PS 11. Stem Cell Therapy for Stress Urinary Incontinence
Plenary Session

PS 11. Stem Cell Therapy for Stress Urinary Incontinence

Ching-Shwun Lin

Knuppe Molecular Urology Laboratory, Department of Urology, School of Medicine, University of California, San Francisco, CA 94143, USA

Stress urinary incontinence (SUI) is mainly due to urethral sphincter deficiency; therefore, preclinical and clinical studies have investigated whether transplantation of patient's own skeletal muscle-derived cells (SkMDCs) can restore the sphincter musculature. The specific cell types of SkMDCs have been described as myoblasts, satellite cells, muscle progenitor cells, or muscle-derived stem cells, and thus varied from study to study. In more recent years, other stem cell (SC) types have also been tested, including those from the bone marrow, umbilical cord blood, and adipose tissue. These studies were mostly preclinical and utilized rat SUI models that were established predominantly by pudendal or sciatic nerve injury. Less frequently used animal models were sphincter injury and vaginal distension. While transurethral injection of SCs was employed almost exclusively in clinical trials, periurethral injection was used in all preclinical trials. Intravenous injection was also used in one preclinical study. Functional assessment of therapeutic efficacy in preclinical studies has relied almost exclusively on leak point pressure measurement. Histological assessment examined the sphincter muscle content, existence of transplanted SCs, and possible differentiation of these SCs. While all of these studies reported favorable functional and histological outcomes, there are questions about the validity of the animal model and claims of multilineage differentiation. In any event, SC transplantation appears to be a promising treatment for SUI.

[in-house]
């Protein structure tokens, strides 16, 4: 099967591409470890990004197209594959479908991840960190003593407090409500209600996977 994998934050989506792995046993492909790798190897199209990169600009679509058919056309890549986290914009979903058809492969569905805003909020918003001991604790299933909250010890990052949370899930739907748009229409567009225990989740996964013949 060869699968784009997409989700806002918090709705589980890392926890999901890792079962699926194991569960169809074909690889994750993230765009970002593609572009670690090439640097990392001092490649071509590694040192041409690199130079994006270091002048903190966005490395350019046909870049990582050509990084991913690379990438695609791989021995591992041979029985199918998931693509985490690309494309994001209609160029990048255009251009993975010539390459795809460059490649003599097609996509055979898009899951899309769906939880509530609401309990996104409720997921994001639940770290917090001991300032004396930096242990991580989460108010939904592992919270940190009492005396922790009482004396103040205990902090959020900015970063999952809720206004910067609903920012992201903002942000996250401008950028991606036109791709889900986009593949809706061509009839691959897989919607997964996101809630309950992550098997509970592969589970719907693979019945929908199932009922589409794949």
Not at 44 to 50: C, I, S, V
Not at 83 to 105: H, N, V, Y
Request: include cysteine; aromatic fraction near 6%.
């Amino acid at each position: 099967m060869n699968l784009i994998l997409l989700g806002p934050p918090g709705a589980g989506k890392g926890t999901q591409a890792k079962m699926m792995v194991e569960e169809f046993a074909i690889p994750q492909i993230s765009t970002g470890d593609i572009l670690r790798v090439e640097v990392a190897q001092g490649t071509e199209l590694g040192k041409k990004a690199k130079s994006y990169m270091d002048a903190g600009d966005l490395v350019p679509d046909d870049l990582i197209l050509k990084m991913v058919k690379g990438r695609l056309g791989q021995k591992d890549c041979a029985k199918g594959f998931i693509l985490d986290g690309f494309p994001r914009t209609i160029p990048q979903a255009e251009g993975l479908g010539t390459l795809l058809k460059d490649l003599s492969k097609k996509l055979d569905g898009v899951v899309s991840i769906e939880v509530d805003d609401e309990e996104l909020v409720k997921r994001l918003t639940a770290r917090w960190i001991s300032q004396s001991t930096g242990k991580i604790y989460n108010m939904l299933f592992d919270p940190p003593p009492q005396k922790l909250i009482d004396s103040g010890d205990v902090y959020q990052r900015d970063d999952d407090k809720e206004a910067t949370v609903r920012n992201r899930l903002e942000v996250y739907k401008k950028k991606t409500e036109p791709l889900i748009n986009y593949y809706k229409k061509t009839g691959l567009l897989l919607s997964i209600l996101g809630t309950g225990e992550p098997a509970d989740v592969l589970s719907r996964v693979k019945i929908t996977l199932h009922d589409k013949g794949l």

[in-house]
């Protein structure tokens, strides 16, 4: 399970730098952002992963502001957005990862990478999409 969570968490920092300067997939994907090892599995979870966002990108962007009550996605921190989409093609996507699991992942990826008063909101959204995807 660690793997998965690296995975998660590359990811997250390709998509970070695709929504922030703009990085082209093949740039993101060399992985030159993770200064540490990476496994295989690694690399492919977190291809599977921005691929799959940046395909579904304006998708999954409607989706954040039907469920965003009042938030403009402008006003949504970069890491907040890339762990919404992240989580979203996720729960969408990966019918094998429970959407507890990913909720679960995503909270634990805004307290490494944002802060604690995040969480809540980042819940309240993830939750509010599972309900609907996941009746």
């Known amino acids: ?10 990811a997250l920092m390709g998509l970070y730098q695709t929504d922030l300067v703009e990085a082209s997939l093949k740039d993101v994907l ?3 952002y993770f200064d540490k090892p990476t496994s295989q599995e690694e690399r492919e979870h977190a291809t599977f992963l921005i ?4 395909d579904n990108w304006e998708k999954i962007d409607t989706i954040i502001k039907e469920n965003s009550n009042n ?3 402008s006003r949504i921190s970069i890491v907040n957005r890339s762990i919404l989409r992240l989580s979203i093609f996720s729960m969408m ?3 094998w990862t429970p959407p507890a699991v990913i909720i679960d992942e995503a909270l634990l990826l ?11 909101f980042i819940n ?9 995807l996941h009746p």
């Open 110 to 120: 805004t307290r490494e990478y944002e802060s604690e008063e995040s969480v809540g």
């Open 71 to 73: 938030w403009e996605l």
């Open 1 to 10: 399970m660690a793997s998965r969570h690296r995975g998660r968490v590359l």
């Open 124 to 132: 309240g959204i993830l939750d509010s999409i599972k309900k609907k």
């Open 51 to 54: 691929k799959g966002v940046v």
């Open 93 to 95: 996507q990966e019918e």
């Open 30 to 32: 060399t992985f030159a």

DOI: 10.3978/j.issn.2223-4683.2012.s214

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